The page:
Following are some of the more significant challenges which have emerged in the implementation process with an outline of corresponding strategies to help overcome these:

  • The policy environment is not yet favourable enough for this kind of undertaking, hence the decision to sign an agreement with the NBC. However, this is a protracted process and all the needs and expectations of partner Ministries and educational institutions might not be adequately addressed through this arrangement. There is an apparent need for a dedicated education radio channel in the long term, but this aspect must be negotiated separately with the Namibia Communications Commission. However, it seems that there are no additional frequencies available which would make any efforts futile at this stage.
  • It is evident from the needs assessment studies which were conducted that access to radios is still problematic in rural areas, i.e. most students have access to radios, but they do not own the receivers. Attempts to solicit sponsorships to acquire wind-up radios have so far been unsuccessful.
  • The country does not have a critical mass of skilled people who can produce high quality education radio programmes on a grand scale. This challenge is being addressed through ongoing capacity building interventions and consolidation of newly acquired skills. It is a challenge, though, to synchronise the training schedules to ensure attendance by staff from all partner institutions. The challenge is compounded, furthermore, by the fact that this activity is not yet fully integrated into the work plans of staff at the various Ministries and educational institutions. As a result, this is not a priority for the people involved and this creates enormous problems in terms of keeping to the actual recording schedules. Some institutions have already attended to this concern and it is anticipated that others will follow suit. There might be a need to second staff to this project if the challenge persists, but this is not regarded as a viable option at the moment.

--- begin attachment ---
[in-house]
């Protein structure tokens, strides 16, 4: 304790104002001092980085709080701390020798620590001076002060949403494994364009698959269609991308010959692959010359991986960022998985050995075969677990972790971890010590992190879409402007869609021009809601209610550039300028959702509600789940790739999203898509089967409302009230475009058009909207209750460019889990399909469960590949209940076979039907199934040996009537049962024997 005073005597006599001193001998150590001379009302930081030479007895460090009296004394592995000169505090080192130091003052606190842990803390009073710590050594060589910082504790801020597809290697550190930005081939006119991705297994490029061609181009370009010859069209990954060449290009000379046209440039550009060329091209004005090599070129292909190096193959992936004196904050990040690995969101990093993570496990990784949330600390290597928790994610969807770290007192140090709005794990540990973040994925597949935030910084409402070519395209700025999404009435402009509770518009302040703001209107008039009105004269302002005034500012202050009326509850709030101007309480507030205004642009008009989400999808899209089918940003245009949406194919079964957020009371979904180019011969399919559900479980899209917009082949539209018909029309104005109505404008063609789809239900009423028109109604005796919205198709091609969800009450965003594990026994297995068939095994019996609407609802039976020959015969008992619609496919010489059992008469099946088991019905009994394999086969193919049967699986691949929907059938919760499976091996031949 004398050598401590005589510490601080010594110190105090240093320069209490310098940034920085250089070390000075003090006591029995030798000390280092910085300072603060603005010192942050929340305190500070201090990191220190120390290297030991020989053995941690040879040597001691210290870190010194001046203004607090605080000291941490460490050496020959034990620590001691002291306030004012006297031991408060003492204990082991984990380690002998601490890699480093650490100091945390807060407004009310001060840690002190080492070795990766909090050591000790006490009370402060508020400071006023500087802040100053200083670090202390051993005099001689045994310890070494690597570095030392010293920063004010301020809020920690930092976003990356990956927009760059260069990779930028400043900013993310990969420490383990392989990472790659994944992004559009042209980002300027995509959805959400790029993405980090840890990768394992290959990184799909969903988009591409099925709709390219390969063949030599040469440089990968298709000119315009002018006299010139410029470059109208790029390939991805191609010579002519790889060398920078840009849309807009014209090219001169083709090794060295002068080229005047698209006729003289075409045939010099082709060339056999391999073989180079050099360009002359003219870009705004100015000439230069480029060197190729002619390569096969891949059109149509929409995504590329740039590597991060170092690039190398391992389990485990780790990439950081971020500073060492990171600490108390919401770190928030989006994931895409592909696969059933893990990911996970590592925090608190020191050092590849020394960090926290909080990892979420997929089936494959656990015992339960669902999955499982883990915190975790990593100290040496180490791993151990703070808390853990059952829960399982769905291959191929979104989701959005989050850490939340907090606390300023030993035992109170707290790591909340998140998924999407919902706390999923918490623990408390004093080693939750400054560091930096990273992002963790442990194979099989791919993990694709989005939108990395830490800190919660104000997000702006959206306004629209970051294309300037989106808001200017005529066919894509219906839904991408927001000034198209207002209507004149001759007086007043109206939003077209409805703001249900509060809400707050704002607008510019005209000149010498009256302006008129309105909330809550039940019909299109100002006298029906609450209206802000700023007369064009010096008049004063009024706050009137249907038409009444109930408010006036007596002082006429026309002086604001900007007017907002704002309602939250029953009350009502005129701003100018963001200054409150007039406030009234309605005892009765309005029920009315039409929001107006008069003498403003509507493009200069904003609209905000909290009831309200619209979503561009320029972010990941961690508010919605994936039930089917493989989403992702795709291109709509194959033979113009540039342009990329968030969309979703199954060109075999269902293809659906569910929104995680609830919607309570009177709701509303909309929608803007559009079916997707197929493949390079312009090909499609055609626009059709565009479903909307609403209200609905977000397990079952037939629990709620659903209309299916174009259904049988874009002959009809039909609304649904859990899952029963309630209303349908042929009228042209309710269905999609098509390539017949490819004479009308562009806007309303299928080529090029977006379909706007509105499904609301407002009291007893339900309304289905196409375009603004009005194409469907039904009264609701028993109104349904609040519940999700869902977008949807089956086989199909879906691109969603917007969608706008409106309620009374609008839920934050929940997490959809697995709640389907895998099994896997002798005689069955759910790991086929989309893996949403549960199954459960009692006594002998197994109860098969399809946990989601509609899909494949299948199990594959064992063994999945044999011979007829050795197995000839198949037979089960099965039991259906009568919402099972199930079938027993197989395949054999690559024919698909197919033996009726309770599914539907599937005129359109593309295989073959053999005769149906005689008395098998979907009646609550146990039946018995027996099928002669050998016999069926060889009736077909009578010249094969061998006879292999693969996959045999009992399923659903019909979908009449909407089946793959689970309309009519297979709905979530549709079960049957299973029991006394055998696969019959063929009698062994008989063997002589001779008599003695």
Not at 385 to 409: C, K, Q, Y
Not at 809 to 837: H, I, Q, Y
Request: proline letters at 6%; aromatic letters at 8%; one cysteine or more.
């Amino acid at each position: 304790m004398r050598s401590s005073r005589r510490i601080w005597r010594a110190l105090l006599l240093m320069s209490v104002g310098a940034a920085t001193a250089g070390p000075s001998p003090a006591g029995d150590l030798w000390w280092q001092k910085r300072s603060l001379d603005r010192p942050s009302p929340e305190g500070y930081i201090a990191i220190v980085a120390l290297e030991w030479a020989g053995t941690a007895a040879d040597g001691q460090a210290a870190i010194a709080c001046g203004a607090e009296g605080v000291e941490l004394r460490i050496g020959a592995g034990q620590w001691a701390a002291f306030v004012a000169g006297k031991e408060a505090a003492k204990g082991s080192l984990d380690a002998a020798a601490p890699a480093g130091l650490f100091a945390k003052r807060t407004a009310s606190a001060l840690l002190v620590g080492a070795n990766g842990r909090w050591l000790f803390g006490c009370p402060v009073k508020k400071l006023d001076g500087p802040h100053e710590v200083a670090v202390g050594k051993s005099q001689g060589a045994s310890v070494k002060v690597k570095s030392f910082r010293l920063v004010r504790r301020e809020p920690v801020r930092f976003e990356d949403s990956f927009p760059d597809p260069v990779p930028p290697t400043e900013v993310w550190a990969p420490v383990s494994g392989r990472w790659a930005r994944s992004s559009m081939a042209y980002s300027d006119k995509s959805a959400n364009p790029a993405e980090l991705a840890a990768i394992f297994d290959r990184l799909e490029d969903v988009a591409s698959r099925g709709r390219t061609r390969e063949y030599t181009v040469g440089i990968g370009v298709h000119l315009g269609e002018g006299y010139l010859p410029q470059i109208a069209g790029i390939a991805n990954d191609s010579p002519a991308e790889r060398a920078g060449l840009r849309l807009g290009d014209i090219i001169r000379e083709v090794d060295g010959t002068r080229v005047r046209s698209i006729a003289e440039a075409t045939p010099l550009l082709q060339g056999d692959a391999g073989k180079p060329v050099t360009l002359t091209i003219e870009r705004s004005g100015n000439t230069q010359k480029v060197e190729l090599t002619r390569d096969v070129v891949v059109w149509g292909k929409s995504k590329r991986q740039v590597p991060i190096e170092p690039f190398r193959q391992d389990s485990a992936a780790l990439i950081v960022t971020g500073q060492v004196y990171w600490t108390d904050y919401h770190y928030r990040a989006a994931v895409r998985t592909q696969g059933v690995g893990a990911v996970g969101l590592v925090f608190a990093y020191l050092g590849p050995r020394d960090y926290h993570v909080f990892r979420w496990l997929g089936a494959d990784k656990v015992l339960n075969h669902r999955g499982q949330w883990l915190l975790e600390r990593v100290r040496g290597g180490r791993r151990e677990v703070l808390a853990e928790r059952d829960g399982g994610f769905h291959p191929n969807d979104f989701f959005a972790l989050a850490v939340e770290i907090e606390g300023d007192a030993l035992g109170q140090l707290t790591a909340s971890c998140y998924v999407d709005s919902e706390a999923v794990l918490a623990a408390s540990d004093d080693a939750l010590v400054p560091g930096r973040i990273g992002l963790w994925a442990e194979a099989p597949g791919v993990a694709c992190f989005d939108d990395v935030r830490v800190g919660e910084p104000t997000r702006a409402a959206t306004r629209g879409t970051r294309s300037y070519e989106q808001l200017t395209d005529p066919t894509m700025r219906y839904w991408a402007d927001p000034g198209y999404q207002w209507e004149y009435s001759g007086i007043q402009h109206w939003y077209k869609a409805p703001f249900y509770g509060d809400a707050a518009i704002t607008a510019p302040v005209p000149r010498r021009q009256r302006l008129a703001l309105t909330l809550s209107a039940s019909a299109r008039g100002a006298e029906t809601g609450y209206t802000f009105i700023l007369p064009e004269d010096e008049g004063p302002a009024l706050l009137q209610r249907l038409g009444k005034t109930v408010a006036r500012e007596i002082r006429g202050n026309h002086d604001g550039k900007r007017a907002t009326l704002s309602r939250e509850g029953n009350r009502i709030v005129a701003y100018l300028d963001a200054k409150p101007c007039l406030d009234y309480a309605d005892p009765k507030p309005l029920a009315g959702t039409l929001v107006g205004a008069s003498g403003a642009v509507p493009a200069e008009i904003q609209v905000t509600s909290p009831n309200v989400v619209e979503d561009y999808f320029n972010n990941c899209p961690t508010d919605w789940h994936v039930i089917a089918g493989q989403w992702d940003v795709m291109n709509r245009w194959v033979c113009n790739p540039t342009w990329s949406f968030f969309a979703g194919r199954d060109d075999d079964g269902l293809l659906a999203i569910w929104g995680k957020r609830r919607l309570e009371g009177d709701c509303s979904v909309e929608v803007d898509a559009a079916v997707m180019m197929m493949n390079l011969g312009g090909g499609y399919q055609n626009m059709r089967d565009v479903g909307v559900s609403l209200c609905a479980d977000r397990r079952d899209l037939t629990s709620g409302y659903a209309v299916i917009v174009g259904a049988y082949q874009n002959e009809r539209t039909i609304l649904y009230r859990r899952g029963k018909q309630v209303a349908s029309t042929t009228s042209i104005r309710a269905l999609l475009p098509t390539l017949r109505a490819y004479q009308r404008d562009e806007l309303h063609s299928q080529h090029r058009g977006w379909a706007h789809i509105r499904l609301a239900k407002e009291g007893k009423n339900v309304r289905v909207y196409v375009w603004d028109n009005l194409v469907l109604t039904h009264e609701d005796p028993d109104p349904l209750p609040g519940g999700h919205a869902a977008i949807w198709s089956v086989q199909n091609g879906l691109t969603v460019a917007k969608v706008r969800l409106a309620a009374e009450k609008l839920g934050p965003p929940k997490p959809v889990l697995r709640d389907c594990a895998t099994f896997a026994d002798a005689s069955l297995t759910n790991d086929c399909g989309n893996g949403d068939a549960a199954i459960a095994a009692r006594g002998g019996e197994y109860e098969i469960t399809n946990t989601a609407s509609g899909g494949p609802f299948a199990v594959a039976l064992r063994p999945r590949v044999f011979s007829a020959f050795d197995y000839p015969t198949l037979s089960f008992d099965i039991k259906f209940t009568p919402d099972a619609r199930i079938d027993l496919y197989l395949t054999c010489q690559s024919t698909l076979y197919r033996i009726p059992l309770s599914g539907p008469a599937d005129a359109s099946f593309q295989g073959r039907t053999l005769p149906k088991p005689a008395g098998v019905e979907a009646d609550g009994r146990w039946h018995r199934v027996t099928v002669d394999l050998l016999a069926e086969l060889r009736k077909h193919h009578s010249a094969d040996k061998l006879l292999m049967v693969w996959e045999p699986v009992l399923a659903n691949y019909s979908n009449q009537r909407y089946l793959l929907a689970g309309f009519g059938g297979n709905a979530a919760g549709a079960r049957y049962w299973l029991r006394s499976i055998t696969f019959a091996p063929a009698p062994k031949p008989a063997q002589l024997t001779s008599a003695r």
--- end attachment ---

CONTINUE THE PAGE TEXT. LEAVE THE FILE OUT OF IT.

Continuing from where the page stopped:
• There is a question about the sustainability of this project in future. This has been partially addressed through the inclusion of the project in ETSIP. The intention is, furthermore, to solicit corporate sponsorships for specific programmes while the recording studio will provide professional recording services (at a fee) to local musicians and other interested parties/organisations.

This concludes the paper on the education radio initiative in Namibia. It is anticipated that this project will go from strength to strength over the next few years and that all Namibians will ultimately benefit from it. The fact that so many Ministries and institutions are involved is already a sign of the support that this initiative enjoys. The challenge that remains is to produce interesting, lively and high quality radio programmes that will capture the interest of ODL students and the public at large. This is only possible with sheer determination and a lot of innovation and creativity. Finally, I would like to concur with Van Zyl (2004, p.2) that radio works and that things will improve if people can just get the message - the medium is the message!